Middle East studies in the News
Couple Bequeath $5m to Support Jewish Programs at UMass-Amherst
by Rosa Nguyen
Two alumni have bequeathed $5 million to the University of Massachusetts at Amherst for scholarships and an endowed faculty chair in Judaic and Near Eastern Studies, and for programming in the Institute for Holocaust, Genocide, and Memory Studies.
The gift, granted by Pamela and Robert Jacobs, also provides support for UMass Hillel, which offers resources to Jewish students.
The bequest is part of the $300 million UMass Rising fund-raising campaign, to which the Jacobses have already donated $250,000. Half of the bequest, $2.5 million, will be used to create the Pamela M. and Robert D. Jacobs Chair in Judaic and Near Eastern Studies within the College of Humanities and Fine Arts.
"There's a Jewish word -- tzedakah -- which means doing good works," Pamela Jacobs said by phone Tuesday. "We wanted to support these programs and assure they would be part of the university as long as it exists."
Graduating with a bachelor's degree in English in 1969, Pamela Jacobs is a member of the board of directors of the UMass Amherst Foundation. Her husband, Robert Jacobs, received his bachelor's degree in government from the college in 1968. He helped found Rock Creek Partners LLC, a Washington, D.C.-based legal advisory and research firm.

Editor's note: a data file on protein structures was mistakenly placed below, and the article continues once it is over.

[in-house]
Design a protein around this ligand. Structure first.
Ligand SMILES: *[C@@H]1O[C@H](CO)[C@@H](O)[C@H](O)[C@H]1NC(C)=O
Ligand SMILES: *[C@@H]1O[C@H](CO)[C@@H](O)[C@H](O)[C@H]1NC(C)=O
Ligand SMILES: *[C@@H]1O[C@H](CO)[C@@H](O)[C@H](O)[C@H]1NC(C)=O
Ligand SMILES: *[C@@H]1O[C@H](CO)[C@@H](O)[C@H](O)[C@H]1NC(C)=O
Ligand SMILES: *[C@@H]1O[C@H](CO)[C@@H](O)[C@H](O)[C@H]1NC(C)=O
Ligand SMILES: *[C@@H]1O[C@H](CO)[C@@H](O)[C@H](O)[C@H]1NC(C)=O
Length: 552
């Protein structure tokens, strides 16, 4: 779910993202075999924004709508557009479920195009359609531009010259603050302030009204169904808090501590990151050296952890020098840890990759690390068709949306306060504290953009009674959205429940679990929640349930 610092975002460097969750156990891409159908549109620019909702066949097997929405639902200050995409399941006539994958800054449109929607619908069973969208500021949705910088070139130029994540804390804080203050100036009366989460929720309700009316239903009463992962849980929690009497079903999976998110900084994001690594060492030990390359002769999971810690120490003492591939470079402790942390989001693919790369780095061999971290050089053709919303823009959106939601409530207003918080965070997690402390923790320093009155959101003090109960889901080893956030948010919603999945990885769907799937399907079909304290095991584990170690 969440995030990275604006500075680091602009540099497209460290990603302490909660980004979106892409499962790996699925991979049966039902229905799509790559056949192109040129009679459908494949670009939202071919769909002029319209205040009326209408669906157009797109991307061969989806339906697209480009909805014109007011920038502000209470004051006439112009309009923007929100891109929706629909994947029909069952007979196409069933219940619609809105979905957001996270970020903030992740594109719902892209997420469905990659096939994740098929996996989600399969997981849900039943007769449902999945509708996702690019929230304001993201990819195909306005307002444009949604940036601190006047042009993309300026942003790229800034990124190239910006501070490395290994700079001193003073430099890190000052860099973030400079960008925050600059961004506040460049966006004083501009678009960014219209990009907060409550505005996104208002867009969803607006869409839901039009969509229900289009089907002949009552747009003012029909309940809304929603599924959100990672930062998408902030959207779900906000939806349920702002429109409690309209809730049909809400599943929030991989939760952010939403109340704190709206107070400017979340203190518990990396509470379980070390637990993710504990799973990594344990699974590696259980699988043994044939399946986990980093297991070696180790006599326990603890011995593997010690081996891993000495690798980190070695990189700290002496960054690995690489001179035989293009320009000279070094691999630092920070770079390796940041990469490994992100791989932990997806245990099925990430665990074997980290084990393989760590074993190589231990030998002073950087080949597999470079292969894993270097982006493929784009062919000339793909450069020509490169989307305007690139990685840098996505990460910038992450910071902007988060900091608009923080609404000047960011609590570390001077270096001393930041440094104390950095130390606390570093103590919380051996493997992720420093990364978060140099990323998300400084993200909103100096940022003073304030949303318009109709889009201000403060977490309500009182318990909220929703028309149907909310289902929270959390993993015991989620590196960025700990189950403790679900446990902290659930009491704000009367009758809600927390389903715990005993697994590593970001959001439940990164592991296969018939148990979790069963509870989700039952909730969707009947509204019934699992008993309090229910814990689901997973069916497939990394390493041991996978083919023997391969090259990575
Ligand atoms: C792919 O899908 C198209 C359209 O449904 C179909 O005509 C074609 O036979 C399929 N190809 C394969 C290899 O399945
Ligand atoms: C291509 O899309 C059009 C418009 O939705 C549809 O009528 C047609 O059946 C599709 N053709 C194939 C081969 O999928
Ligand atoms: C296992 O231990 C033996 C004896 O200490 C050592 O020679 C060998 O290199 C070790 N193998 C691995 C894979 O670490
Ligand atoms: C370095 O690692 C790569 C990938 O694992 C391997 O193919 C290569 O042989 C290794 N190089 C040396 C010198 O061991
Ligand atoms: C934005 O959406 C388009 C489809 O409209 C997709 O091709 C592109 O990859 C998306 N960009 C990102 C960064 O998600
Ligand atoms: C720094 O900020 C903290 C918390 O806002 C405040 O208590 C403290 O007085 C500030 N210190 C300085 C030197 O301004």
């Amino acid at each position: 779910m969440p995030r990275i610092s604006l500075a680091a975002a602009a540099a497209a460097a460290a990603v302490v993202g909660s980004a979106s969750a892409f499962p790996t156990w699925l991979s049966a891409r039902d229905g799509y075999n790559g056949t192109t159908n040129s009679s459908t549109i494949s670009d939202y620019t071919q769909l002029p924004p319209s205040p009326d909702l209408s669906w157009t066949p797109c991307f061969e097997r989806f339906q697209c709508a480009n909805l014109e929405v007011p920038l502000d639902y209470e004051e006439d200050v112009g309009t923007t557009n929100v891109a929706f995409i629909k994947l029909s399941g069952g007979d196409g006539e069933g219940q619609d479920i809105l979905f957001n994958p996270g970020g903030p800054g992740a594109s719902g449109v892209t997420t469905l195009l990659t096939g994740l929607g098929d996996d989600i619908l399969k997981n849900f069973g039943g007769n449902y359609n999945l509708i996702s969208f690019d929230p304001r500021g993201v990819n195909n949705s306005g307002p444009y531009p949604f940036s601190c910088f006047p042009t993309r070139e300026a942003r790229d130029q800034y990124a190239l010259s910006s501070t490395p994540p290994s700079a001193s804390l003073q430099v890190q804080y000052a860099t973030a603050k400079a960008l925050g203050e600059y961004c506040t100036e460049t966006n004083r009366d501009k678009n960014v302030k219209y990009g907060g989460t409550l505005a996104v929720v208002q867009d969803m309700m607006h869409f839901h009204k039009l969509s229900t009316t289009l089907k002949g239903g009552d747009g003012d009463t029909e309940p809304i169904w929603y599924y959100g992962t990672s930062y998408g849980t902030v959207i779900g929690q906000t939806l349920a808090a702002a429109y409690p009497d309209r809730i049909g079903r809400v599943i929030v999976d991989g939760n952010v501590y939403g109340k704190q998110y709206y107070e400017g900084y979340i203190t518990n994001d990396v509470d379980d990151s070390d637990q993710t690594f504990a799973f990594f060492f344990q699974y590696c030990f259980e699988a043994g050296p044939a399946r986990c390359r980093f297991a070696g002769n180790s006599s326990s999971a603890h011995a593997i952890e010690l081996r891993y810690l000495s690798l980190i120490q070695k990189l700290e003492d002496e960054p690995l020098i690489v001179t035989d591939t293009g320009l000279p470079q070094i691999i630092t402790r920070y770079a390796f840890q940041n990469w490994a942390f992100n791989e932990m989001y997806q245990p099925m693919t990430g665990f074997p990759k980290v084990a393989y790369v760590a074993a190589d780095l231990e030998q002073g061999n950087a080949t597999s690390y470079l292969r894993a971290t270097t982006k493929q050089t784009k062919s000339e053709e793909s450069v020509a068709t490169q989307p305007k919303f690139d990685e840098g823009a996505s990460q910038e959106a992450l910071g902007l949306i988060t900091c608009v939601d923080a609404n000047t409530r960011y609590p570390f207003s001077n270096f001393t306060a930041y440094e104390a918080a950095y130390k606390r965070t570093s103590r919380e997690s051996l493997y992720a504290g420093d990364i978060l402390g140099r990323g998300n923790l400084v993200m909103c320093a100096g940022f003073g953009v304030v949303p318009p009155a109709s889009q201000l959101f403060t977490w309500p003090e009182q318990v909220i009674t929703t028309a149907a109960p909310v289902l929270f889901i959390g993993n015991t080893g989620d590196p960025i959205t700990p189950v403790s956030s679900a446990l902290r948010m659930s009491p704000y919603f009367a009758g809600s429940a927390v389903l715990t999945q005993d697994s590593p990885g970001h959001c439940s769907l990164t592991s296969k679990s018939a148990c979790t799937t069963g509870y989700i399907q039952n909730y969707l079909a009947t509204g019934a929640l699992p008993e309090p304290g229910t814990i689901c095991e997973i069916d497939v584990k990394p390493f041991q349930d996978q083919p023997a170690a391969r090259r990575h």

When the couple met in college, Robert was a member of a Jewish fraternity, while Pamela belonged to a Jewish sorority. The school's fledgling Hillel program was still "very small," and the Judaic and Near Eastern Studies program had not yet been established.
"There was never this program when we were there," Pamela Jacobs said. "We want Jewish kids [on campus] to have a place to go."
Previously, the couple provided financial support to create the Center for Jewish Studies Endowment and the Robert and Pamela Jacobs Annual Lecture Series in Jewish Culture. They also provided early operating funds and a permanent endowment that enabled the Institute for Holocaust, Genocide, and Memory Studies to open its doors.
Late last year, questions arose about the institute's future when a for-sale sign appeared on the front lawn, and the hunt for new donors intensified. An anonymous donor bought the North Pleasant Street property and donated it to the university.
Now, the Jacobses' bequest helps fund the institute's programming.
"The institute is one of a kind," Pamela Jacobs said. "It's free to the public and about 6,000 elementary and middle schoolchildren come through. It's a really remarkable program."Note: Articles listed under "Middle East studies in the News" provide information on current developments concerning Middle East studies on North American campuses. These reports do not necessarily reflect the views of Campus Watch and do not necessarily correspond to Campus Watch's critique.
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